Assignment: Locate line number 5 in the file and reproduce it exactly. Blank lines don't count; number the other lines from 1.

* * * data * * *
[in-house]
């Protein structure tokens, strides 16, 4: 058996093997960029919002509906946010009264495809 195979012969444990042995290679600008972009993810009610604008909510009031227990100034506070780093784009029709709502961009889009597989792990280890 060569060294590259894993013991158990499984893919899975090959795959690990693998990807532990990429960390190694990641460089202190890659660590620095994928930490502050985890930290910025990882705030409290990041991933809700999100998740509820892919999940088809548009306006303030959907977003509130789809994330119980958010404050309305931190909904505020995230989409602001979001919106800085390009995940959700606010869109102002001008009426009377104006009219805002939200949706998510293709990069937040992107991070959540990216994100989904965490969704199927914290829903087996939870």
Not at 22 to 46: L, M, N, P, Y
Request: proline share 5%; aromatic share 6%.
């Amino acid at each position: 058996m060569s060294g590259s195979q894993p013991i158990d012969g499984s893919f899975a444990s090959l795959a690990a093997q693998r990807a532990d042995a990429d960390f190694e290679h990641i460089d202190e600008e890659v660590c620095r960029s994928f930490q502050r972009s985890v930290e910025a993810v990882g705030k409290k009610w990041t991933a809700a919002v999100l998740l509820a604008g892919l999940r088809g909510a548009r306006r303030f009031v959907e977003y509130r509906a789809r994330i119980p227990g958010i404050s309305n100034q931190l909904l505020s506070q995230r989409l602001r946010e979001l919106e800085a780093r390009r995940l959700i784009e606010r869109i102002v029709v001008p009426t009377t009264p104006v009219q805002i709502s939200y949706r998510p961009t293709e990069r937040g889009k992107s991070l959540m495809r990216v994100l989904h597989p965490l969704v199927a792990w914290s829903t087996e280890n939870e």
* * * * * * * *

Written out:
């Amino acid at each position: 058996m060569s060294g590259s195979q894993p013991i158990d012969g499984s893919f899975a444990s090959l795959a690990a093997q693998r990807a532990d042995a990429d960390f190694e290679h990641i460089d202190e600008e890659v660590c620095r960029s994928f930490q502050r972009s985890v930290e910025a993810v990882g705030k409290k009610w990041t991933a809700a919002v999100l998740l509820a604008g892919l999940r088809g909510a548009r306006r303030f009031v959907e977003y509130r509906a789809r994330i119980p227990g958010i404050s309305n100034q931190l909904l505020s506070q995230r989409l602001r946010e979001l919106e800085a780093r390009r995940l959700i784009e606010r869109i102002v029709v001008p009426t009377t009264p104006v009219q805002i709502s939200y949706r998510p961009t293709e990069r937040g889009k992107s991070l959540m495809r990216v994100l989904h597989p965490l969704v199927a792990w914290s829903t087996e280890n939870e």